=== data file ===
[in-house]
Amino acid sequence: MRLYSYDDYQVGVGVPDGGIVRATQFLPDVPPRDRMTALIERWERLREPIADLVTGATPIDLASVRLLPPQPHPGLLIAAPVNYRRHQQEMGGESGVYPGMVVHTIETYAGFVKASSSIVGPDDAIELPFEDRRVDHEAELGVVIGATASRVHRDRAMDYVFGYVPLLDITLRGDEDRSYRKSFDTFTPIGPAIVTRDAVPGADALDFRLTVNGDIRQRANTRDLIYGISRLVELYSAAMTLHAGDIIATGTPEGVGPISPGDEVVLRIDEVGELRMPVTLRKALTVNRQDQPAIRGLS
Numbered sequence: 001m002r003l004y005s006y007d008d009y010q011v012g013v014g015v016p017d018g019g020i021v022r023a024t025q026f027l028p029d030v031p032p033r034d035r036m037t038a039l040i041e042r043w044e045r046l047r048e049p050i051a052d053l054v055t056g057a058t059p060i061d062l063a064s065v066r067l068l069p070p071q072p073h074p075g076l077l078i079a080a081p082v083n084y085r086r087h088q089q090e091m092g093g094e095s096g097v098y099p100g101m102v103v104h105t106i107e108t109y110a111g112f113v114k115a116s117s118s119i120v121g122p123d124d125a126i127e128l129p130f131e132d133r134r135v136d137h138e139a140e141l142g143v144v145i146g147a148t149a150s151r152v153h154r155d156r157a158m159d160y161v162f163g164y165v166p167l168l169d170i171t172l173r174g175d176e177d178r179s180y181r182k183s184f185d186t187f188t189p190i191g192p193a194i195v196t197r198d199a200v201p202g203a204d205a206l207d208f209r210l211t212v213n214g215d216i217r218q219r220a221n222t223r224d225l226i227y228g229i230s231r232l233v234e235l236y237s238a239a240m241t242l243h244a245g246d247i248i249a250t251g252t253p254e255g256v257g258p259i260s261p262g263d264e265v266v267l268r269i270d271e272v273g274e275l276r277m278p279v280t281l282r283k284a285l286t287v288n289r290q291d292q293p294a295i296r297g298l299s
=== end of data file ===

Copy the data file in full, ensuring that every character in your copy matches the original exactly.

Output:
[in-house]
Amino acid sequence: MRLYSYDDYQVGVGVPDGGIVRATQFLPDVPPRDRMTALIERWERLREPIADLVTGATPIDLASVRLLPPQPHPGLLIAAPVNYRRHQQEMGGESGVYPGMVVHTIETYAGFVKASSSIVGPDDAIELPFEDRRVDHEAELGVVIGATASRVHRDRAMDYVFGYVPLLDITLRGDEDRSYRKSFDTFTPIGPAIVTRDAVPGADALDFRLTVNGDIRQRANTRDLIYGISRLVELYSAAMTLHAGDIIATGTPEGVGPISPGDEVVLRIDEVGELRMPVTLRKALTVNRQDQPAIRGLS
Numbered sequence: 001m002r003l004y005s006y007d008d009y010q011v012g013v014g015v016p017d018g019g020i021v022r023a024t025q026f027l028p029d030v031p032p033r034d035r036m037t038a039l040i041e042r043w044e045r046l047r048e049p050i051a052d053l054v055t056g057a058t059p060i061d062l063a064s065v066r067l068l069p070p071q072p073h074p075g076l077l078i079a080a081p082v083n084y085r086r087h088q089q090e091m092g093g094e095s096g097v098y099p100g101m102v103v104h105t106i107e108t109y110a111g112f113v114k115a116s117s118s119i120v121g122p123d124d125a126i127e128l129p130f131e132d133r134r135v136d137h138e139a140e141l142g143v144v145i146g147a148t149a150s151r152v153h154r155d156r157a158m159d160y161v162f163g164y165v166p167l168l169d170i171t172l173r174g175d176e177d178r179s180y181r182k183s184f185d186t187f188t189p190i191g192p193a194i195v196t197r198d199a200v201p202g203a204d205a206l207d208f209r210l211t212v213n214g215d216i217r218q219r220a221n222t223r224d225l226i227y228g229i230s231r232l233v234e235l236y237s238a239a240m241t242l243h244a245g246d247i248i249a250t251g252t253p254e255g256v257g258p259i260s261p262g263d264e265v266v267l268r269i270d271e272v273g274e275l276r277m278p279v280t281l282r283k284a285l286t287v288n289r290q291d292q293p294a295i296r297g298l299s